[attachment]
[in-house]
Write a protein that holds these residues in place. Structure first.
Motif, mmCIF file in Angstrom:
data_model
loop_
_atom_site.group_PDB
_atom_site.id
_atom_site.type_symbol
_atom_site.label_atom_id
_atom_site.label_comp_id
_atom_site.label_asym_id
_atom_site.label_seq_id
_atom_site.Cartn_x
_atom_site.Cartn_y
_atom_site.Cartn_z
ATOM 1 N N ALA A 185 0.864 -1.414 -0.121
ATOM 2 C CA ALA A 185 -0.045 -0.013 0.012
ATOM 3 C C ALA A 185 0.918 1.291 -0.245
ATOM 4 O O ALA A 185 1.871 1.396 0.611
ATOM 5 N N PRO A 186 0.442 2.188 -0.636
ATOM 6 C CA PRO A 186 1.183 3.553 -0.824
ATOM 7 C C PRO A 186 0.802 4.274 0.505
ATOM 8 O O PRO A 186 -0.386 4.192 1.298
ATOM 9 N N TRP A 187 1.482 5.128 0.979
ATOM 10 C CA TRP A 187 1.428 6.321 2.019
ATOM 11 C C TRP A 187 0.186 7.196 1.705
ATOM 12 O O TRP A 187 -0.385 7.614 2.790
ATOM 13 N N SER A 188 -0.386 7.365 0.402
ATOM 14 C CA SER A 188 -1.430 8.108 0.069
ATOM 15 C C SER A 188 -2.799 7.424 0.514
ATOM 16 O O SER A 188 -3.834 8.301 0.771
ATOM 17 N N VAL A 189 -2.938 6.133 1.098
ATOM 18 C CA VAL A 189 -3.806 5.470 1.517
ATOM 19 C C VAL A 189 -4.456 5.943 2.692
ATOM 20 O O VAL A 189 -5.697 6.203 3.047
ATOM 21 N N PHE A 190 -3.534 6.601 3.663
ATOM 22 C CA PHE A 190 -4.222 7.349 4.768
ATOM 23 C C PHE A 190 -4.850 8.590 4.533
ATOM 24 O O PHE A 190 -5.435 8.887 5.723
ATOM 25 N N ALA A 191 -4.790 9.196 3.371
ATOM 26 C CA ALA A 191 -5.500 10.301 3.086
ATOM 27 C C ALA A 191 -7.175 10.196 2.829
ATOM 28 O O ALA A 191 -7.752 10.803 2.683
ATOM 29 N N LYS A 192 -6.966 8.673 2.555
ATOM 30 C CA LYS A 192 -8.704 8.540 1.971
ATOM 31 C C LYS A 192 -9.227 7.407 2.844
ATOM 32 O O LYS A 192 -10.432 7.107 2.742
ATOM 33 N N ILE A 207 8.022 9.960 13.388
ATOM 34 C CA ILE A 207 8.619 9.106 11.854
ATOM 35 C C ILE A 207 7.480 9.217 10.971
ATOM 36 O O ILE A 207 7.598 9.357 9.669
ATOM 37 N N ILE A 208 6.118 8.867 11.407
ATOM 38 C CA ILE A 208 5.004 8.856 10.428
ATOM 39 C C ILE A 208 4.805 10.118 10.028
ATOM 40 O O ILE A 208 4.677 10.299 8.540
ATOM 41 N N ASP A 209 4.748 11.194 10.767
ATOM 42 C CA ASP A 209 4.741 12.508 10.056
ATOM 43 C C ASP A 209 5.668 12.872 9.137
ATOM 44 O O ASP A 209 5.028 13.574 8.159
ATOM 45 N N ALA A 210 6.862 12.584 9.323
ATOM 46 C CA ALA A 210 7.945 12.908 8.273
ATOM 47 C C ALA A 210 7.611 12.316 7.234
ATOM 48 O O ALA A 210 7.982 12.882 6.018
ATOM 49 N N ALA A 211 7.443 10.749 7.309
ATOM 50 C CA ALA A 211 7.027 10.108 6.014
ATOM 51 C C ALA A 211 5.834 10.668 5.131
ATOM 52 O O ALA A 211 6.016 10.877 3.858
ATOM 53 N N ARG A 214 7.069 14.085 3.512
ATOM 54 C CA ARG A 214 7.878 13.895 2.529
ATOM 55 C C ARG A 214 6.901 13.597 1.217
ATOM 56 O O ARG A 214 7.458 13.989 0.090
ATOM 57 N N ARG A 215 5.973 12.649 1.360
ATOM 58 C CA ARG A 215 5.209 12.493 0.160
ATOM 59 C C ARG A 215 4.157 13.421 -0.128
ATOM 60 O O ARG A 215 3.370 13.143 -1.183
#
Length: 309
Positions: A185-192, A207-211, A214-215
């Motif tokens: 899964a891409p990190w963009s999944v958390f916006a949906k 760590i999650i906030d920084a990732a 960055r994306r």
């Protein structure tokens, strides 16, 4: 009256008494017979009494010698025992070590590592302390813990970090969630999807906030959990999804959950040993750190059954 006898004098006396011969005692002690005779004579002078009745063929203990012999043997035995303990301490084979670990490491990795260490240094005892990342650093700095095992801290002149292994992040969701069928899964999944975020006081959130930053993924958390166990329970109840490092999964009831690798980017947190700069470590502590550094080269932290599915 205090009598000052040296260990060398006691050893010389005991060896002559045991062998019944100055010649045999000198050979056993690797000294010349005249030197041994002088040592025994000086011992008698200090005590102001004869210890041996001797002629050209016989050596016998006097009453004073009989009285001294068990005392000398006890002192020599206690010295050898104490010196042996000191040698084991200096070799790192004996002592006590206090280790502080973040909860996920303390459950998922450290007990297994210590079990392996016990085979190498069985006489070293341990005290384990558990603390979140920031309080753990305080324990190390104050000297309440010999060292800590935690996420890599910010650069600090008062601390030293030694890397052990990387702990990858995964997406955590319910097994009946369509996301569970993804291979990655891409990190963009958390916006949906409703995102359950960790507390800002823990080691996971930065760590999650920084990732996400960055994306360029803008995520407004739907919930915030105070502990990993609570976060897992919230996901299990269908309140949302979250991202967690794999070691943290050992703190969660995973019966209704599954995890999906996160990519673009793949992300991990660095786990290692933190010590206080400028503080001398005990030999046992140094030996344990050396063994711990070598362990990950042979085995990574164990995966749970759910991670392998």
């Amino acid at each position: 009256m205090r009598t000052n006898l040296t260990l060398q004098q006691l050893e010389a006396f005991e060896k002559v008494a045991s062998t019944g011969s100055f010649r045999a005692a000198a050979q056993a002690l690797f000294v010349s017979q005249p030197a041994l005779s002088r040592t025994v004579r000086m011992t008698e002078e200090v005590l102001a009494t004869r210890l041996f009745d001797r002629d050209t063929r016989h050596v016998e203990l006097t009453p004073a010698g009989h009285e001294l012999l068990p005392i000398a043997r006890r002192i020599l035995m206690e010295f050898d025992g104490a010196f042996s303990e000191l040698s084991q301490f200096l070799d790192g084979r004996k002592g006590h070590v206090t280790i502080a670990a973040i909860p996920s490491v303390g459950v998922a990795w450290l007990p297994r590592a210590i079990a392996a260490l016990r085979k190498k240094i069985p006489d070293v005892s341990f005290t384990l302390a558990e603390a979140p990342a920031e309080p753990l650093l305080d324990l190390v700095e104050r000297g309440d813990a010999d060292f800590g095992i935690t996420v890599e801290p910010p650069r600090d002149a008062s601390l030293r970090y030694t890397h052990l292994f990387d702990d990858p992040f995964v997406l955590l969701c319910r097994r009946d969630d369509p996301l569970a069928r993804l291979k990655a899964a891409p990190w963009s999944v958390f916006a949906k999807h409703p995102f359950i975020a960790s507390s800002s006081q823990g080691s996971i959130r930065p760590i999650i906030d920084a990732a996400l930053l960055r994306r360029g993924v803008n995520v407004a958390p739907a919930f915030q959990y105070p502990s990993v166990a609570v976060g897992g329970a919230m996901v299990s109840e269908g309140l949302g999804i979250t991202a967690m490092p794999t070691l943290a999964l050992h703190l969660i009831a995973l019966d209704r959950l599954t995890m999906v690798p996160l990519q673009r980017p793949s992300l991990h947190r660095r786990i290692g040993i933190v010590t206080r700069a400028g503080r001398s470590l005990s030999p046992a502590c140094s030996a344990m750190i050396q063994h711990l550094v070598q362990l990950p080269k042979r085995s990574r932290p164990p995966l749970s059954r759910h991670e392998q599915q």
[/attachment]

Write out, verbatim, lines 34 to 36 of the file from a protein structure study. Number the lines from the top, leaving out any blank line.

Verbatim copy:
ATOM 19 C C VAL A 189 -4.456 5.943 2.692
ATOM 20 O O VAL A 189 -5.697 6.203 3.047
ATOM 21 N N PHE A 190 -3.534 6.601 3.663